After climbing the staircase, which did not have risers — Dorothy said they impeded the ability to look through the space, so they were removed — the tour led to the couple’s bedroom. The strategically centered window is the perfect perch from which to see Cazenovia and Oneida lakes in the same frame.
The first floor’s bird’s nest-shaped library, complete with packed bookshelves, continues to serve as a creative and interactive space. There aren’t any electronic gadgets aside from an old radio. There is a piano, which she didn’t play, and so temptations for distraction are limited.
The windows are set higher on the walls. This prevents anyone relaxing in the space from noticing possible distractions, such as humans or creatures walking by.
Tours of the Riester home are available upon request at Stone Quarry, which is open year-round (call 655-3196 for details). Yet there are plenty of other activities to enjoy as well, such as yoga, art demonstrations and workshops. Children’s camps take place during the summer, and snowshoeing can be enjoyed in the winter.
Brucker’s tour continued on the Vista Trail, beginning with “Threshold” by Takafumi Ide, which is a white outline of the artist’s steps and a front door to his Brooklyn brownstone. Climbing the steps to ring the bell is discouraged. The piece is wired to accommodate a motion-detector light bulb.
Meander through the trees with silver badges, each bearing one verb. Walking further on the trail there is a horse climbing out of the ground, and it’s wearing an expression of panic. From its chest protrudes two small hands, and one is holding the beast’s heart. No, this is not Atreyu encouraging and pulling Artax to get through the Swamp of Sadness, but a tale of love in itself.
There is a face that stretches from a rock in a similar fashion to Freddy Kreuger, while another man has his face buried in the pages of an oversized book. Whether the hardcover fell on top of him or came alive for a facial attack is unclear.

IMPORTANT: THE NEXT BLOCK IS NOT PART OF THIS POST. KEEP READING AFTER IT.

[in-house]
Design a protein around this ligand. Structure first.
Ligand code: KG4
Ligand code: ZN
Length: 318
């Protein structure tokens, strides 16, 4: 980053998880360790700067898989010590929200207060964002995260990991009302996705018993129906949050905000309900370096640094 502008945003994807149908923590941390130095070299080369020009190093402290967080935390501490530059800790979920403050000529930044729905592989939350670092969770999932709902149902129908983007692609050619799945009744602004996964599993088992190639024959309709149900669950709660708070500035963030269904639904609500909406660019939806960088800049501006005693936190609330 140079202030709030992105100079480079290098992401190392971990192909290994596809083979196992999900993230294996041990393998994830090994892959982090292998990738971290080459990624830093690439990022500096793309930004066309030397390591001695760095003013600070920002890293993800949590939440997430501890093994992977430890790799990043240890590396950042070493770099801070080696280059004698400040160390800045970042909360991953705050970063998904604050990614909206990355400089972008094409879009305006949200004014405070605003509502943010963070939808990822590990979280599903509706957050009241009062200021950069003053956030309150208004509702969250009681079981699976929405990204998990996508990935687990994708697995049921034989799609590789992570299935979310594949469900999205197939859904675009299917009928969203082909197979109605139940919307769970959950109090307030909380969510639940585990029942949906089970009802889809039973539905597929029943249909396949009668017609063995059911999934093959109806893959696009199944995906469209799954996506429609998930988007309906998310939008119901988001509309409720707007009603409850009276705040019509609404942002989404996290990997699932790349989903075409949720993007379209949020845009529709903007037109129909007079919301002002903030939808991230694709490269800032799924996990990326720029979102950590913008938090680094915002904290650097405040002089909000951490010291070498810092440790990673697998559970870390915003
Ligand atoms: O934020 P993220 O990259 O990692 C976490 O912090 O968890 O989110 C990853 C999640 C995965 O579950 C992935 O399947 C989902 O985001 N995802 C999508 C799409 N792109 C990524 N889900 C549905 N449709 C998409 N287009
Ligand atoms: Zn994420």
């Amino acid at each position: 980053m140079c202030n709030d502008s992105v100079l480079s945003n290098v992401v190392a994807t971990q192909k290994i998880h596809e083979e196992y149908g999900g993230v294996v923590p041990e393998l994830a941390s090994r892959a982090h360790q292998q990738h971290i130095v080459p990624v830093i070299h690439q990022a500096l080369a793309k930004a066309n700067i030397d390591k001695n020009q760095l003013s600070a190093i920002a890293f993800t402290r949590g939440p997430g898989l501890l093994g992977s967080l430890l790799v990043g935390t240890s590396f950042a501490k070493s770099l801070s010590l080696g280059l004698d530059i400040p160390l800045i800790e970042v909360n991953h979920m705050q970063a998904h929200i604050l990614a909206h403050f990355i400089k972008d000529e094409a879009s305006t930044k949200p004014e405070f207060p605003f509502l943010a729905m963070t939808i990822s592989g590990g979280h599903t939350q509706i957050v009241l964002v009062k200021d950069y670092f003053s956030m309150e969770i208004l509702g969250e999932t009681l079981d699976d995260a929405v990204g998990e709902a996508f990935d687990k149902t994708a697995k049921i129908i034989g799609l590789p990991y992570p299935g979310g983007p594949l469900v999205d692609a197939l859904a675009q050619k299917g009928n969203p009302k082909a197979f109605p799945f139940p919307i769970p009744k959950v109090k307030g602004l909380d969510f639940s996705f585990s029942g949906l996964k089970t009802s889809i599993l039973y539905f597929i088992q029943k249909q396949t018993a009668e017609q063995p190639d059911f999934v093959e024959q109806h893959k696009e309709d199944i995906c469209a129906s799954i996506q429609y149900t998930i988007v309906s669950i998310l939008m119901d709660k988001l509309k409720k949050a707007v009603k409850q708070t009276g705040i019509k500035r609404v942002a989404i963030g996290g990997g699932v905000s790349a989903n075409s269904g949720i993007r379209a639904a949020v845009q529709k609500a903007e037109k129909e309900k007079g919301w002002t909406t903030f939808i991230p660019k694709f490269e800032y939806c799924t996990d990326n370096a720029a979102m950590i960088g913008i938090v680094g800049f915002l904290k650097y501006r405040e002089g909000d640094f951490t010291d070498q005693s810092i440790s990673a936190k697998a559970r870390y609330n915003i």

Enter the “Garden of Reading,” which features one of the park’s more popular pieces of art, “Stacks” by David Harper. It shows the evolution of art being taken from nature. Or is it retreating back to nature? From a log sprout shelves and books, which also evolve from blocks lacking detail to shaped books.
“We’re not sure how long this is going to last,” said Brucker, pointing out that the natural decay of the wood can also be a hazard. “Some people feel the need to interact with our art.” He said that interaction is important, but protecting the art and the safety of a person are important. To help keep the exhibit alive, people have added books and sheet music to the piece.
As Stone Quarry celebrates its silver anniversary, the land can rest easy due to having a long lifespan. “The Conservation Easement is with Cazenovia Preservation Foundation and New York State with the town,” stated Brucker. There isn’t a guarantee this land will forever be dedicated or housing an art park, yet because of the Riesters’ efforts their entire property will remain protected even if the sculptures are removed.
Of course, who would want that to happen? The outdoor adventuring can generate comfort simply from feeling lost. If Stone Quarry Hill Art Park feels like a whole new world, imagine what else is out there.
View Michael Davis’ photo gallery of the Stone Quarry Hill Art Park here.